It’s how we travel that matters

It’s how we travel that matters

"And in the end, it's not the years in your life that count. It's the life in your years." — Abraham Lincoln

Last Sunday, a man who I worked with closely for seven years – a colleague, a mentor, a friend – passed away, suffering a cardiac arrest in hospital as he was recovering from a stomach bypass operation.

The news was unexpected. At first I was filled with disbelief and shock. You see Max was larger than life. He was a people person through and through. He loved telling stories, very long ones so that you would find yourself walking out of his office two hours later when you only walked in to ask a quick question.

He made time for everyone, to listen, to help them and offer sage advice. He also made time to serve his community. Max was the co-founder of an amazing business; a longtime member of Rotary and past President; a supporter of the Austin Hospital and The Olivia Newton John Cancer and Wellness Centre. These are just few of his contributions to this world.

I think it is because of his great love for people, and his tireless and endless service in this world, it seemed like he would go on forever but maybe his physical heart couldn’t contain the enormous amount of love that was in there any longer.

Once the shock passed, grief rolled in on overwhelming waves. At first the strength of my reaction seemed strange to me. I hadn’t seen Max in just over 18 months — not since his original business partner and my very dear friend, Lynne retired. And I hadn’t seen him often since I left Snowball 5 ½ years ago as I spent a lot of that time overseas.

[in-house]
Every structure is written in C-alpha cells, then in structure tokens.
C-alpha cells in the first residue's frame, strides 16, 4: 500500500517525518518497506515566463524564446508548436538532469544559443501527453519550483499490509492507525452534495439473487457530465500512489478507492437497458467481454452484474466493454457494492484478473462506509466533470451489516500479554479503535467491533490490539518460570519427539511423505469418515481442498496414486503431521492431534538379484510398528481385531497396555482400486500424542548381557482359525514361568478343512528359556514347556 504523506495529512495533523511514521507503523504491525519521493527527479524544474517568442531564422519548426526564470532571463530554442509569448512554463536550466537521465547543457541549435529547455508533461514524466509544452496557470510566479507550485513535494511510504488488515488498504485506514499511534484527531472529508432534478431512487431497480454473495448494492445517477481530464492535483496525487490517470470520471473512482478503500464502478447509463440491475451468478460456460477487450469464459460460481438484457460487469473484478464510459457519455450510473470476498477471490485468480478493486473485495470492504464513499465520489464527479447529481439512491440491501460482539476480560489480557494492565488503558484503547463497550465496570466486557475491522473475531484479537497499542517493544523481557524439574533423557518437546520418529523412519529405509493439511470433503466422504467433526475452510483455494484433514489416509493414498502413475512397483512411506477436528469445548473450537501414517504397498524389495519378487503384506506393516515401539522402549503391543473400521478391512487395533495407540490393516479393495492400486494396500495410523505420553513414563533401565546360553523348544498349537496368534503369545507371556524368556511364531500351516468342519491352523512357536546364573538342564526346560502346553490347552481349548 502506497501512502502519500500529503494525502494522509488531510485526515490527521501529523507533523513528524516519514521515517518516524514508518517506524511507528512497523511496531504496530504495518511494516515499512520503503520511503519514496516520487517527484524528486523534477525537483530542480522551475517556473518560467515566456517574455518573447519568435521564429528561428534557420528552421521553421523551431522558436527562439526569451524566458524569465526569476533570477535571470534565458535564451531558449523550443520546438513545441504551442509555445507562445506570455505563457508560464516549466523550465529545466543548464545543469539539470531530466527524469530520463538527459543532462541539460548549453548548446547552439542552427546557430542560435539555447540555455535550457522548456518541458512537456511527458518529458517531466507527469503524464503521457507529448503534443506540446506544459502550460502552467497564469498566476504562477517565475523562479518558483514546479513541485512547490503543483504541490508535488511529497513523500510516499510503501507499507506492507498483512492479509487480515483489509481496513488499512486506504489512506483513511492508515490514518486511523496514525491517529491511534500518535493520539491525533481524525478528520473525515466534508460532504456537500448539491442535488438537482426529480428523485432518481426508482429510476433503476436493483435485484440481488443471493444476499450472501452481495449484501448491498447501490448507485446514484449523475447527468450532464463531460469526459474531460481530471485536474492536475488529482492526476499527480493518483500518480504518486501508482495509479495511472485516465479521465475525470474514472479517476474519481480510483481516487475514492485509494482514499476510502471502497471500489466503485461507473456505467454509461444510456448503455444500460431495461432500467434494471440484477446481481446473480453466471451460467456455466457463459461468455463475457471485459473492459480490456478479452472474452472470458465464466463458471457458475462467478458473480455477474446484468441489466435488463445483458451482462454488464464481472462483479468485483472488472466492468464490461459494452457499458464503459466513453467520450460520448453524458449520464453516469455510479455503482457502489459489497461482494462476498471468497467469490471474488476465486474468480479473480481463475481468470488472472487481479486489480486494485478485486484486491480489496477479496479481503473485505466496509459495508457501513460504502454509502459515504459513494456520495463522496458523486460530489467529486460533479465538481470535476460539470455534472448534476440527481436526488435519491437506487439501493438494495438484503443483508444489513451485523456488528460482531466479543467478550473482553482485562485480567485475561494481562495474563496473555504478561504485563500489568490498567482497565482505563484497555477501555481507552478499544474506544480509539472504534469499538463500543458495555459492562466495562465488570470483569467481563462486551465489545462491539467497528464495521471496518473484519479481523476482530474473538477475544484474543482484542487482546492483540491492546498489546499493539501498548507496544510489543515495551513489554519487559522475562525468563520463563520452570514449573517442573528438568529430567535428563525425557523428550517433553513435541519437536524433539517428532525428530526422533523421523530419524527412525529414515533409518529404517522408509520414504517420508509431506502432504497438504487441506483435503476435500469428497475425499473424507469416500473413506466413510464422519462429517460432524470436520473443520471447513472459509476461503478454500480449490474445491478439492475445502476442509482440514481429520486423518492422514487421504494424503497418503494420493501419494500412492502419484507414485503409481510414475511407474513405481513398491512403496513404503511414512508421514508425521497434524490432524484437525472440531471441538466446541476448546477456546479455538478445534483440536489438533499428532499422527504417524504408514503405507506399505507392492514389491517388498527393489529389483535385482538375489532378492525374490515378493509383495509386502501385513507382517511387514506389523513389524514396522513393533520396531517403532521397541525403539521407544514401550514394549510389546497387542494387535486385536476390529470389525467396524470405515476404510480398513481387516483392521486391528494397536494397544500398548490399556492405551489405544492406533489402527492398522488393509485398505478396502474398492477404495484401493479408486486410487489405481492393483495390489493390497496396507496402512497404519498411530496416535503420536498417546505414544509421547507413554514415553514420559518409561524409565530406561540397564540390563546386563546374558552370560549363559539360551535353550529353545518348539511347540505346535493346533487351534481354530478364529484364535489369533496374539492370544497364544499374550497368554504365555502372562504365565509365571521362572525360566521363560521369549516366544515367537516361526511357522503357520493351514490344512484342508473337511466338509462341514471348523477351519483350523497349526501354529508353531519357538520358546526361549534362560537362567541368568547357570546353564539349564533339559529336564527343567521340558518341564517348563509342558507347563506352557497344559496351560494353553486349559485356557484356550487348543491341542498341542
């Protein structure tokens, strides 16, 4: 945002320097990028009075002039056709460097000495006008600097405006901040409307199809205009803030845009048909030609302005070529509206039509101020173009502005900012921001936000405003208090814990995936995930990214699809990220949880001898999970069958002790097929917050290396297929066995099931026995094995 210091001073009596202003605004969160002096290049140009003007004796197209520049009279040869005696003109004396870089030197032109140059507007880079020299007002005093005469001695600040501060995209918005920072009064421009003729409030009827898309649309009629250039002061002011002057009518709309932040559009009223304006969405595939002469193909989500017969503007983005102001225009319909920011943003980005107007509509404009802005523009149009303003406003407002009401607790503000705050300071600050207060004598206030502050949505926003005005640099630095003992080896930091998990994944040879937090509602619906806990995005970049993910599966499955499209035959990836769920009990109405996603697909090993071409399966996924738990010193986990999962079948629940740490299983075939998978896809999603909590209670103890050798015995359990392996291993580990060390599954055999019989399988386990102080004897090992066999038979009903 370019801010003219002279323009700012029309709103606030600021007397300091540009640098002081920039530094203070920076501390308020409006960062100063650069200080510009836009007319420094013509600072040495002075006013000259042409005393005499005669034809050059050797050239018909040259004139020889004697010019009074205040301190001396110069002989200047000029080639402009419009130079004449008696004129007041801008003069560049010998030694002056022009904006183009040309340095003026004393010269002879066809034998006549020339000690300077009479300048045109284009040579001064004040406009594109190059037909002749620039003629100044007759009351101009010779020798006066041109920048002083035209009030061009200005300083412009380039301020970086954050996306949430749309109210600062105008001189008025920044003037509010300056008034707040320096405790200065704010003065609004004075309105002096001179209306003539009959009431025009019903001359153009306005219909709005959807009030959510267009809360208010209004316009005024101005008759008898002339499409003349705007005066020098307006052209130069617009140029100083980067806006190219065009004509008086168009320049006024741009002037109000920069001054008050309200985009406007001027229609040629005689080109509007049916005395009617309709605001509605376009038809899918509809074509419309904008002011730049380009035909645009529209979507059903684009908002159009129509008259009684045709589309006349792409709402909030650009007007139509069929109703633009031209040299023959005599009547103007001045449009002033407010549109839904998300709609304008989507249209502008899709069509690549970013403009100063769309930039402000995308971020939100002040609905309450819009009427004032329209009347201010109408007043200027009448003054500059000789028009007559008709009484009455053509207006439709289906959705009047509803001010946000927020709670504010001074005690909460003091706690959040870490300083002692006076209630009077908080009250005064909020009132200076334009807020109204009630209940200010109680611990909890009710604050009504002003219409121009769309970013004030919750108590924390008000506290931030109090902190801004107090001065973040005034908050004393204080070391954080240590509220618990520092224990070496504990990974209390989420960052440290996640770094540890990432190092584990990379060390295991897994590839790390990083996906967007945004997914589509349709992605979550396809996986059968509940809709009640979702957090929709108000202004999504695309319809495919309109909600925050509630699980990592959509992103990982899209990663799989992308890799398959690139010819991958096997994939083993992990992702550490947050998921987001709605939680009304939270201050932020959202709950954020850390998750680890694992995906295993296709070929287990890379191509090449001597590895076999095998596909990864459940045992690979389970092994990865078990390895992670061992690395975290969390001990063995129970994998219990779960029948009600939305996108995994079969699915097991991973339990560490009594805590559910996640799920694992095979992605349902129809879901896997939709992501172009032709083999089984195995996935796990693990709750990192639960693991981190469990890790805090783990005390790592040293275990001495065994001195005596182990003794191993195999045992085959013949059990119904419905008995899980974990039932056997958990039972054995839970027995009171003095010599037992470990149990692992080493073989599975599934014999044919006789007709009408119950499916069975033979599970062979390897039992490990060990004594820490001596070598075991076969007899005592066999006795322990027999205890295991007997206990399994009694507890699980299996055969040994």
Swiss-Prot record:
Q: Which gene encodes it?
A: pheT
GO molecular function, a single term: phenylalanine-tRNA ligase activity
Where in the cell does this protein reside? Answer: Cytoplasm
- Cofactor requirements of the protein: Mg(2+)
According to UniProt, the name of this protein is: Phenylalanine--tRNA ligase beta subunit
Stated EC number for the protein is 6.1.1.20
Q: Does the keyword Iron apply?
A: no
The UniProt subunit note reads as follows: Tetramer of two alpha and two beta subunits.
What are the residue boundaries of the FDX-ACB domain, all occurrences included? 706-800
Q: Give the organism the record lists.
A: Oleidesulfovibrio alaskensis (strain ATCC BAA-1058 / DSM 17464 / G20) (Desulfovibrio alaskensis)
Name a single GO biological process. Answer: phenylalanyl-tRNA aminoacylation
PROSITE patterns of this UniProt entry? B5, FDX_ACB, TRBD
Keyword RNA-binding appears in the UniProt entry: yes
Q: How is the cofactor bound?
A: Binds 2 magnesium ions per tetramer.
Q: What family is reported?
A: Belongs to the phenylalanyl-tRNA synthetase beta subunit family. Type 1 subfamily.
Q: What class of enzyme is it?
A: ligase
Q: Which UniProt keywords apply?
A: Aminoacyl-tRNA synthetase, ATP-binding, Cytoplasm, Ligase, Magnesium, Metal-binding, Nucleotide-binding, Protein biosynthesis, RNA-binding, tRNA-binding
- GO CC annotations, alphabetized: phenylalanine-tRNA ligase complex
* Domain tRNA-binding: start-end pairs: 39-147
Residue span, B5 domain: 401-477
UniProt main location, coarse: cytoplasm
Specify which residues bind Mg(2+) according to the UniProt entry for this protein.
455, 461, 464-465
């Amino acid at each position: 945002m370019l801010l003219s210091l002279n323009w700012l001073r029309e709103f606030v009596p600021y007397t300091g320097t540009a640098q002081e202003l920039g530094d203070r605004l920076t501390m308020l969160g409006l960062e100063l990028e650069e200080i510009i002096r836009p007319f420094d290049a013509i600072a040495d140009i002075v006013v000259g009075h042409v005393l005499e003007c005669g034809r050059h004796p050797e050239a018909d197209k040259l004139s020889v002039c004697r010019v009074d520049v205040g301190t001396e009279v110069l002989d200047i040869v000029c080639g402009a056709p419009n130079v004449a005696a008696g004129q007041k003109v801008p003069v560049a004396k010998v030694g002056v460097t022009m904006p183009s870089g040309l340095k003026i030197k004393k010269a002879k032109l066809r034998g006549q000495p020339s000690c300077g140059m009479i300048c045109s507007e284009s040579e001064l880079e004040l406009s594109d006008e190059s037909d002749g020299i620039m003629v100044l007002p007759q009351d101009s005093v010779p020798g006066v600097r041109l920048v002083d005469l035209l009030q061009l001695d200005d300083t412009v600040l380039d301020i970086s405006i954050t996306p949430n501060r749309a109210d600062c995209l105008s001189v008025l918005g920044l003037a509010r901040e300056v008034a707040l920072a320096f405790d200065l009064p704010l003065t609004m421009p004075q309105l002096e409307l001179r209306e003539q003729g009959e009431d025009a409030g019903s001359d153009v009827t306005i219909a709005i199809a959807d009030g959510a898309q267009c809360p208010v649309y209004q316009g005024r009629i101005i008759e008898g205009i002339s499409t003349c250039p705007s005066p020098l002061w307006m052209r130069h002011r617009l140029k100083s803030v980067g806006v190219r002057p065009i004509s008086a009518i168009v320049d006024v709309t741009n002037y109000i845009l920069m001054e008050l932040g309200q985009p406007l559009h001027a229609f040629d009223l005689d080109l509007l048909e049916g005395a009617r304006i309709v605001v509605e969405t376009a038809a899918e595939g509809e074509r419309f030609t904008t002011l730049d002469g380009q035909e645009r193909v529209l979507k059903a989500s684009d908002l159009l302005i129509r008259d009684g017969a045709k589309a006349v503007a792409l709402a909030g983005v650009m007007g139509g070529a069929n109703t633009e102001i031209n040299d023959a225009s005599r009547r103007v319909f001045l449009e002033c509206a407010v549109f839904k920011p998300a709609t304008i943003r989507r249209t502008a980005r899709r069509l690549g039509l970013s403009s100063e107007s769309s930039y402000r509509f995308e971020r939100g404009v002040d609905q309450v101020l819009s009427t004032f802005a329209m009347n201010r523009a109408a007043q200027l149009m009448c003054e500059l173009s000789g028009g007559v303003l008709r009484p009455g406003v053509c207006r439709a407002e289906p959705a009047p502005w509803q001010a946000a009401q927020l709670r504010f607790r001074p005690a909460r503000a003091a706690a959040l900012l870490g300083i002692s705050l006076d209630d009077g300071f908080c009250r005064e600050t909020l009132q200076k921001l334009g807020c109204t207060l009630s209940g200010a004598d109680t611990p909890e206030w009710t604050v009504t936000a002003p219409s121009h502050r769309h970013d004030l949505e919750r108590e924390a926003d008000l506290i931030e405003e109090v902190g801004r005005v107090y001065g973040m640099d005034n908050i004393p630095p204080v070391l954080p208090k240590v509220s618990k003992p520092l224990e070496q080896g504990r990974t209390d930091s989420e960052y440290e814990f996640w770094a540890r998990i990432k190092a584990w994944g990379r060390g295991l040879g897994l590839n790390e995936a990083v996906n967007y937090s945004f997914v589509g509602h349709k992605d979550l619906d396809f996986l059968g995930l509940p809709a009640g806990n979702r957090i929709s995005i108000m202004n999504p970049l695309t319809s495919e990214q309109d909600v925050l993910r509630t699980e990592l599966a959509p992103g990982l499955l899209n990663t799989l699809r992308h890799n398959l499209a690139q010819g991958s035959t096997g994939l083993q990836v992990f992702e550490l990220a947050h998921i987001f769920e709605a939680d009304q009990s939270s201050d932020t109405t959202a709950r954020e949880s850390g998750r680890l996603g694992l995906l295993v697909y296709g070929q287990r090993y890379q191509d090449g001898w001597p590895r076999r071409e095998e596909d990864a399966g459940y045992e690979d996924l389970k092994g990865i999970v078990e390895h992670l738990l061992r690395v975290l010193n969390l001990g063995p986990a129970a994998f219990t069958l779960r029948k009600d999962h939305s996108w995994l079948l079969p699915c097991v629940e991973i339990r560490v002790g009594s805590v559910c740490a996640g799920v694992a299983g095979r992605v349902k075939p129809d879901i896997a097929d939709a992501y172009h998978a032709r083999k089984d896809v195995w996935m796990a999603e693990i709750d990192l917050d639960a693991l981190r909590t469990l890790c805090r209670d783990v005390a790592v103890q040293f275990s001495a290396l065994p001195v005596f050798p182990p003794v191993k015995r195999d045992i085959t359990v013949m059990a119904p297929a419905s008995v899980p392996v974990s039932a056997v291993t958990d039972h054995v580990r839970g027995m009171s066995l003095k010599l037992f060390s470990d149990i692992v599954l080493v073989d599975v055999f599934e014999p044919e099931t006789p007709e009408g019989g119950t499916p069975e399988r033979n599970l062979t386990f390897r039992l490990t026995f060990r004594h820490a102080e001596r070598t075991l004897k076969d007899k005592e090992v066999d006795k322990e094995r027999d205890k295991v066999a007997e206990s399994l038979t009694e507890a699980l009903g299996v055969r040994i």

Read More

The long or short of it: which way would you walk?

The long or short of it: which way would you walk?
"Map out your future – but do it in pencil. The road ahead is as long as you make it. Make it worth the trip." — Jon Bon Jovi

Last week a fellow pilgrim referred me to this blog written by an American lady by the name of Ann who walked from Santiago de Compostela to Jerusalem via Northern Africa in 2011/12. Ann has walked around 8 pilgrim routes with her longest journey being 11 months. She walks less known routes like the southern roads to Mexico and the Way of Saint Andrew from the Ukraine to Patras in Greece - routes I have never heard of.

What is really incredible about her is how she walks:

  • Alone;
  • Without money - or a phone - or GPS;
  • Using maps she finds along the way and asking locals for directions;
  • Carrying only 8 kilograms on her back;
  • And a marathon almost every day!

 Her stories and her way of walking captivated me so I read all of her blog over the last week and it has given me a lot to consider:

  • How do I choose to walk this time? 
  • What boundaries within myself can I challenge? 
  • What can I embrace? 
  • What can I let go of? 
  • What are the possibilities?
Read More